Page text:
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Remembering Ousman Sow

Remembering Ousman Sow
  • PublishedSeptember 23, 2019

Few months after losing such a talented artist, let’s review the journey of a sculptor with impressive skills.

The story of Ousmane Sow begins in Dakar on October 10, 1935. He is the sixth child of Moctar, fifty-six years old and the third of Nafi N’diaye, twenty-two years old.  From a young age, the young Ousmane begins his apprenticeship.  At age seven, he enrolled into a French school where he will tackle his first sculptures, he was also attending Koranic school. From this strict upbringing, rose a man who inherited his father’s qualities, an enlightened and generous Muslim, respecting others’ freedom of thoughts.

At ten years old, he was carving blocks of limestone found on the beach. A few years later, Ousmane graduated with a commercial certificate from a private school. The first drastic change of his life came after his father’s death. Like many Dakarois, Ousmane goes to France. It was destination Marseille first by boat.  And then Paris.

Between 1957 and 1961, he lived from small jobs in Paris. He completed his nursing studies, temporarily abandoned sculpting while hanging out with students majoring in Fine Arts. He wants to become a physiotherapist. But not only that. He wants to become the first physiotherapist of Senegal.

His knowledge in the human body acquired through his training will soon prove to be an asset. Upon his return to Senegal, the young artist resumed sculpting, even claiming the status of an artist by exhibiting a low relief at the First World Festival of Negro Arts in 1966.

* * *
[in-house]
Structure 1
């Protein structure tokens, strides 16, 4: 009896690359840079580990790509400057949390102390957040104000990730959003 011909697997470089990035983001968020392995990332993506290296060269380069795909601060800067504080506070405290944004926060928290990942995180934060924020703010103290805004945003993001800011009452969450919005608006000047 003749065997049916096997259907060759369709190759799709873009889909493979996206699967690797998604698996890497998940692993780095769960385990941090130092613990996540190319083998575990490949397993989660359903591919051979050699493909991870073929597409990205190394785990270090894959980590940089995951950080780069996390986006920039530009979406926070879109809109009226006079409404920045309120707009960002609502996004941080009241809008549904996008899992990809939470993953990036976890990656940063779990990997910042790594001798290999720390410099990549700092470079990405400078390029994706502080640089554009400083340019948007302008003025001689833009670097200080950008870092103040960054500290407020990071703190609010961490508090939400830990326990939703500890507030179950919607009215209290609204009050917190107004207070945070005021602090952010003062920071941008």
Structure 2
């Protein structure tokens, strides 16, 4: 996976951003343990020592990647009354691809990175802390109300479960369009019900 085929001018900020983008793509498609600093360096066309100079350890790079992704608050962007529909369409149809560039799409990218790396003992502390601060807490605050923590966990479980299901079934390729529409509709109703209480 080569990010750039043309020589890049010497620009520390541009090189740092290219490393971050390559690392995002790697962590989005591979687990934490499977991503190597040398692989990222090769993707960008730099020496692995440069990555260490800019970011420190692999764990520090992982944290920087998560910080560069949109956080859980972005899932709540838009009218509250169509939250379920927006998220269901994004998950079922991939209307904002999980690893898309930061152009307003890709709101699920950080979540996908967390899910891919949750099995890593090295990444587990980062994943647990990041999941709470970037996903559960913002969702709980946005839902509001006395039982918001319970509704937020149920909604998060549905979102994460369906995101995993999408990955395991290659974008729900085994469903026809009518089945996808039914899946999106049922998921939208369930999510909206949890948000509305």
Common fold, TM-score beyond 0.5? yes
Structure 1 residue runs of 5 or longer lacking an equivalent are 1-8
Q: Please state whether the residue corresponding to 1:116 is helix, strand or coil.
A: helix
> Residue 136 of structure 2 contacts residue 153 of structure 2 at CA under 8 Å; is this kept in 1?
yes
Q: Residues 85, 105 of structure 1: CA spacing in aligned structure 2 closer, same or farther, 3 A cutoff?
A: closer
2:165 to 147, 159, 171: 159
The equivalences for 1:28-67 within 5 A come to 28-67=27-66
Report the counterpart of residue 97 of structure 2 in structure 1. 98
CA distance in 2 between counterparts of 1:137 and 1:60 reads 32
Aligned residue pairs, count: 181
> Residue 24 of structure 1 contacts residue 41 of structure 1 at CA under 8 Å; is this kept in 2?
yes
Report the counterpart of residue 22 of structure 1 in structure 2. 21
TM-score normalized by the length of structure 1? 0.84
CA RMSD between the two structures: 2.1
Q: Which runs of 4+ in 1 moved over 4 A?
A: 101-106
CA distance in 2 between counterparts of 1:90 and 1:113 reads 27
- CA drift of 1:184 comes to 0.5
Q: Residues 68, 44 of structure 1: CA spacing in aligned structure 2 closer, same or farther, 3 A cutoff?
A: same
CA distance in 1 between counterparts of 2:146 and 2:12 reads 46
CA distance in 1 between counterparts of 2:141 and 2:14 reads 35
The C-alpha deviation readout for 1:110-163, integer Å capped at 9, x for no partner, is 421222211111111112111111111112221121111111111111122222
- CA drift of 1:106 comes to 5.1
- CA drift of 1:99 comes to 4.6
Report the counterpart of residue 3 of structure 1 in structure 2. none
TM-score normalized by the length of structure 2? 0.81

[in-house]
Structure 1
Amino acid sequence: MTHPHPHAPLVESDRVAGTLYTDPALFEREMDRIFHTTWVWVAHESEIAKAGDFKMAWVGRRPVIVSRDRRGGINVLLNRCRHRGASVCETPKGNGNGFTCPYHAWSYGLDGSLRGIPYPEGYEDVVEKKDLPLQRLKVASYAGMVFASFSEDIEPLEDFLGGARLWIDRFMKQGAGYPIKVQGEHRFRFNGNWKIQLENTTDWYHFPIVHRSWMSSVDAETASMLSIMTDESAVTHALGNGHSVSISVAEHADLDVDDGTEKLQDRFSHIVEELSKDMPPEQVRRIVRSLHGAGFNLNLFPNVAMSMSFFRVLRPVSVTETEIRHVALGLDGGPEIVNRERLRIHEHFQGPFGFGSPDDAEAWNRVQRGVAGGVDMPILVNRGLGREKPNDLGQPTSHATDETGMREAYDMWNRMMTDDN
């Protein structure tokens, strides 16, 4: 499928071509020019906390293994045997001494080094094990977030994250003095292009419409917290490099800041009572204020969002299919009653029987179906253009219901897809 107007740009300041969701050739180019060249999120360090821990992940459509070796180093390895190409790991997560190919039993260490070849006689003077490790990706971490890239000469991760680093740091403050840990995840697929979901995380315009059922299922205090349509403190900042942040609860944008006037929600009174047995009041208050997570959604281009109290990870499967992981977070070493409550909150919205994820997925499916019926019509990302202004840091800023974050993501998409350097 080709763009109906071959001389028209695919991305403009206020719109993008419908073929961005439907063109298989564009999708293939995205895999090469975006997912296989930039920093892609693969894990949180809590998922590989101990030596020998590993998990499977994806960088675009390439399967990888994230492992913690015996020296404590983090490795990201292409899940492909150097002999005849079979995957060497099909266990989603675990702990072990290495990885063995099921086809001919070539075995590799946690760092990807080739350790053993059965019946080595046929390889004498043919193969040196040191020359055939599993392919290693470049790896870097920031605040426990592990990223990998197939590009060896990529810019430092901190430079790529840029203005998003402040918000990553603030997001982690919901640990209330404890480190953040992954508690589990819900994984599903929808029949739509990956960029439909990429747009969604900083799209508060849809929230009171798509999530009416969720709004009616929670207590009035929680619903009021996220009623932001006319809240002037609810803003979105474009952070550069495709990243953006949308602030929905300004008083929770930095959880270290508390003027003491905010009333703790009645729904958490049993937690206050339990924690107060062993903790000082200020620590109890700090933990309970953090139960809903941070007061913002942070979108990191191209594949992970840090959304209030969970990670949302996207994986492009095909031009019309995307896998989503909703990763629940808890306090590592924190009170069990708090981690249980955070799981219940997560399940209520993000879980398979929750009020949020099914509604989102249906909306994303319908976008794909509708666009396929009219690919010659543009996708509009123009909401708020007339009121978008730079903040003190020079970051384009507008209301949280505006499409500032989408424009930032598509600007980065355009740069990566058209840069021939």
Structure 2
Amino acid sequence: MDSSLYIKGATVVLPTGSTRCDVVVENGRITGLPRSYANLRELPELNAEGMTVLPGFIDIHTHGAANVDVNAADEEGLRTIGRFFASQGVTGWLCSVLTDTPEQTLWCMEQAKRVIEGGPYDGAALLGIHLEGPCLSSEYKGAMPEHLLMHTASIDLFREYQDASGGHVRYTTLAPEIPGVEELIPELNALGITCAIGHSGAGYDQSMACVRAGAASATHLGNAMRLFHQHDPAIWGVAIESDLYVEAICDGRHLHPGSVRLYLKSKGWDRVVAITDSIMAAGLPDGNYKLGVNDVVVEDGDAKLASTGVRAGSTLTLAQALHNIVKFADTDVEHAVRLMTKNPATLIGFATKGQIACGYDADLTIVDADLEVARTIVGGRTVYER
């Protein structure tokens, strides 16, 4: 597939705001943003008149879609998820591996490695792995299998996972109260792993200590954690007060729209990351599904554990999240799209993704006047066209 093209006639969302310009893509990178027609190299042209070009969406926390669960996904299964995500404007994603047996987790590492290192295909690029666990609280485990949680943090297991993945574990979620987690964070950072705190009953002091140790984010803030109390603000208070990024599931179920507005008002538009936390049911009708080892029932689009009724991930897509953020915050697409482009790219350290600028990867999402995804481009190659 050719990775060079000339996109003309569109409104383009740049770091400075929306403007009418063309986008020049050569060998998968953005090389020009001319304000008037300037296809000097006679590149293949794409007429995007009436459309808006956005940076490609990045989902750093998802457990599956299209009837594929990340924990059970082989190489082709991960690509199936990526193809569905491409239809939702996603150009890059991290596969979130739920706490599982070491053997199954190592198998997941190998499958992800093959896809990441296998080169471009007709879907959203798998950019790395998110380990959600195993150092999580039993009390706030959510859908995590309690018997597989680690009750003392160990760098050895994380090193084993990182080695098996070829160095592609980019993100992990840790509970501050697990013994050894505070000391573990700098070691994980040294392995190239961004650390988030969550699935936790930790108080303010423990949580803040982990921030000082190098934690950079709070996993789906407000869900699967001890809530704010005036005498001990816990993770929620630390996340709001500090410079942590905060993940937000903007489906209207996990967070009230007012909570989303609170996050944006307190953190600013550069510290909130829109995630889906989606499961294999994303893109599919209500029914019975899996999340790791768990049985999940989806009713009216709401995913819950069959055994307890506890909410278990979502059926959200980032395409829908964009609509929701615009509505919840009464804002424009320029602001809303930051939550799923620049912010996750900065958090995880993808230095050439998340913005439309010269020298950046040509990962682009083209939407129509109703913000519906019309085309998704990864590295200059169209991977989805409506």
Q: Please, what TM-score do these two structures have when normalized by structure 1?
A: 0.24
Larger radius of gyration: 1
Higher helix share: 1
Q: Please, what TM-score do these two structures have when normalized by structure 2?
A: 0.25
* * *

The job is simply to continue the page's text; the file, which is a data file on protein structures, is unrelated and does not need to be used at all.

Ousmane Sow returns to France some time later and worked as a physiotherapist on a freelance basis. His love for art and sculpture drives him in the evening and on the weekend to turn his office into a workshop.  There, he makes some articulated puppets, produces a small animated film. 1978 was the year of final return to Senegal. He fully commits himself to his passion, and his life is dedicated to sculptures.

His first sculptures have deteriorated with time, some have disappeared, and he has given others away. He wants to do something better, bigger. He invents his own material, a secret he does not want to divulge. The second milestone of his life happened in 1988. Past his fifties, Ousmane Sow was acknowledged by the public thanks to the series of “Nouba”.

Thanks to his creations, the Senegalese did many exhibits at home in Dakar, but also in Marseille, Paris, Geneva, New York, Tokyo and the Reunion Island.  In 1992, the documentary of Kassel, the exhibition of modern and contemporary art acknowledges him as one of the great artists. The Venice Biennale did the same in 1995.

Consecration and recognition do not change his habits. Ousmane Sow created from his home in Dakar the series “Masai”, “Zulu”, “Peul” as well as the Indians and horses of the series “Little Big Horn”.

It is in 1999 that Ousmane Sow will truly be recognized by the French public with the retrospective on the Pont des Arts in Paris.  More than three million visitors were able to contemplate the extent of his work.

In 2013, Ousmane Sow was the first black artist to enter into the Academy of Fine Arts.

Written By
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